In late 2014, researchers at the University of Iowa found that job applicants with a good handshake were scored higher on ‘employability’. The students were considered to be more employable for their “more extroverted personalities and greater social skills”. And students with limp handshakes were judged to have less gregarious personalities and were in general, less impressive.
In the book he has co-authored with author Susan Kuchinskas, neuroscientist Paul Zak, Director of the Center for Neuroeconomics Studies at Claremont Graduate University in California and Professor of Economics and Neurology, writes with author Susan Kuchinskas :
“Touch primes the brain to release the hormone oxytocin. In Zak’s experiment, half the participants received a 15-minute massage and then played an economic game in which they exchanged real money. After being trusted by a stranger with money in the hope that they’d reciprocate, the brains of participants who got a massage released much more oxytocin than those who simply rested alone. And… those who received massages returned 243% more money to the stranger who showed them trust than those who rested.”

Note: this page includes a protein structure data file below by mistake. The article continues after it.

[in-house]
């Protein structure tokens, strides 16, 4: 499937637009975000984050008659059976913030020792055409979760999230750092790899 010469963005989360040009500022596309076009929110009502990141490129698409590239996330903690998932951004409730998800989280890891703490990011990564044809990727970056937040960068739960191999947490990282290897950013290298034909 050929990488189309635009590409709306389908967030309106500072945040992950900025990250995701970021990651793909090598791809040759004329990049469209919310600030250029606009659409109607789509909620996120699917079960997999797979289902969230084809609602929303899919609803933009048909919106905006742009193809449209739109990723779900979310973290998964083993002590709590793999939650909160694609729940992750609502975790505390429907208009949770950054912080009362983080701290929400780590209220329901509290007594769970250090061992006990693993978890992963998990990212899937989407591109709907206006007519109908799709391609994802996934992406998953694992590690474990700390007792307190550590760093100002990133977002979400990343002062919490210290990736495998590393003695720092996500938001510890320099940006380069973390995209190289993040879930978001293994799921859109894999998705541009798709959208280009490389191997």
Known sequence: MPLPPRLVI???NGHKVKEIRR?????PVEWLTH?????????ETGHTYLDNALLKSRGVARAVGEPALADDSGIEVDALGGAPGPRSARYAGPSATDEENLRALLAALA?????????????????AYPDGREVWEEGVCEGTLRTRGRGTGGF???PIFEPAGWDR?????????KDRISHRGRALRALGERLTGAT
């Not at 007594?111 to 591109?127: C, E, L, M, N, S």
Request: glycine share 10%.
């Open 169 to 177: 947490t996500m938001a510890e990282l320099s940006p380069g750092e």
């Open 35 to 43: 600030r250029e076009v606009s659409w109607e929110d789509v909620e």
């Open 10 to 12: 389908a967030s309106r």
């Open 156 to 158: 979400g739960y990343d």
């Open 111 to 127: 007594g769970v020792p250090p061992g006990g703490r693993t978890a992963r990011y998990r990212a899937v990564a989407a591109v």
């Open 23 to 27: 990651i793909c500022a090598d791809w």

The release of oxytocin effectively helps establish a sort of social glue and economic lubricant. In his more recent research, Zak has shown that the human brain uses oxytocin to unconsciously assess if a person is trustworthy by accessing our memory of past encounters accessing all of our senses, including touch. If the stranger is a good match for other trustworthy people, the brain releases oxytocin, telling us it is safe to trust them.
Simultaneously, oxytocin causes the release of another brain chemical, dopamine, and this little charge helps us associate a trustworthy person with pleasure. The next time we meet this person, the trust assessment happens more quickly.
Zak’s research seems to suggest that if a firm handshake is good, a massage might be even better. But… unfortunately, a typical job interview or sales call doesn’t usually permit that kind of activity so, where does this leave us?
Touch is an important tool in building trust. And this is certainly influenced by a good handshake – a firm grip, eye contact and a vigorous up-and-down movement. In most business contact situations we get to exchange two handshakes – one at the beginning of the meeting, and one at the end so we should, in his words, “make the most of both handshake opportunities”.